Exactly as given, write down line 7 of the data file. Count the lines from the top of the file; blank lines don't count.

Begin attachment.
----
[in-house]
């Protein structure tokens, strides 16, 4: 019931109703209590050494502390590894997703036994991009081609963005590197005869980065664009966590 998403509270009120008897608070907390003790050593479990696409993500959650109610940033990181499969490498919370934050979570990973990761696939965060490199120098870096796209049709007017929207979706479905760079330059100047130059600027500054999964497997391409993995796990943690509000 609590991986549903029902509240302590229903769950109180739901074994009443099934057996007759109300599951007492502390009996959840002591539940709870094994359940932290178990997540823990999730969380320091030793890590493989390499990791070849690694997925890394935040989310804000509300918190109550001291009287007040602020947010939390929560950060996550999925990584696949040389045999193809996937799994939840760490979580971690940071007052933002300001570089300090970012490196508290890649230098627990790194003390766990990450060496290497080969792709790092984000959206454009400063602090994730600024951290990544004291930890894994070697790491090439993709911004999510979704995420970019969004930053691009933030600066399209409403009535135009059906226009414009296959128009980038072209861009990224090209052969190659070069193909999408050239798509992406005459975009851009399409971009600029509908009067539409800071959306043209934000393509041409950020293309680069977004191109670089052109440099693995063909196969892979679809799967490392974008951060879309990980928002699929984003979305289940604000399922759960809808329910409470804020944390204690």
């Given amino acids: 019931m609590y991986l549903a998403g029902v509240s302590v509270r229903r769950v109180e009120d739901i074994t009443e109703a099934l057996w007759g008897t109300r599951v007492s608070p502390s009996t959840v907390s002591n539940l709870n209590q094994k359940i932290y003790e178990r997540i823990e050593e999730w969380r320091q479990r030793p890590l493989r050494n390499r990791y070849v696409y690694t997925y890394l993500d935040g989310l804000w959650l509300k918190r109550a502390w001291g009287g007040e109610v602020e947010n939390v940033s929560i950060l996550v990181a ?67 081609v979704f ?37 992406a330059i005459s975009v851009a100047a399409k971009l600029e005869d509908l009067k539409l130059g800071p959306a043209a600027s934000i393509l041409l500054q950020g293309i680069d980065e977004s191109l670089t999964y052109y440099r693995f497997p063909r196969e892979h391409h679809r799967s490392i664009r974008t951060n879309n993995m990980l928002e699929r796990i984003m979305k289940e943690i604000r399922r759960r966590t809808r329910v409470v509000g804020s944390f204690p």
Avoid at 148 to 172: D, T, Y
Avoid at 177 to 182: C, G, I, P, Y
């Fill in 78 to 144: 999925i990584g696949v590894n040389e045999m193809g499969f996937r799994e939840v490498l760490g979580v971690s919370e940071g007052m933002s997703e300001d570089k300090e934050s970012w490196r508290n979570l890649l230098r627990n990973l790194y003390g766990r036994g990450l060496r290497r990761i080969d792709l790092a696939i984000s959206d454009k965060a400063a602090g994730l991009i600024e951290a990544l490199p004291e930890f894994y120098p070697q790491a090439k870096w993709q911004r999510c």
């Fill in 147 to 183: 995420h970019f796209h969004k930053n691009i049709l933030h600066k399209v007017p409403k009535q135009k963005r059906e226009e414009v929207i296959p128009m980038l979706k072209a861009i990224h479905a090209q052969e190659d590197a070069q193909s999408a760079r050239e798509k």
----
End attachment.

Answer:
């Fill in 147 to 183: 995420h970019f796209h969004k930053n691009i049709l933030h600066k399209v007017p409403k009535q135009k963005r059906e226009e414009v929207i296959p128009m980038l979706k072209a861009i990224h479905a090209q052969e190659d590197a070069q193909s999408a760079r050239e798509k």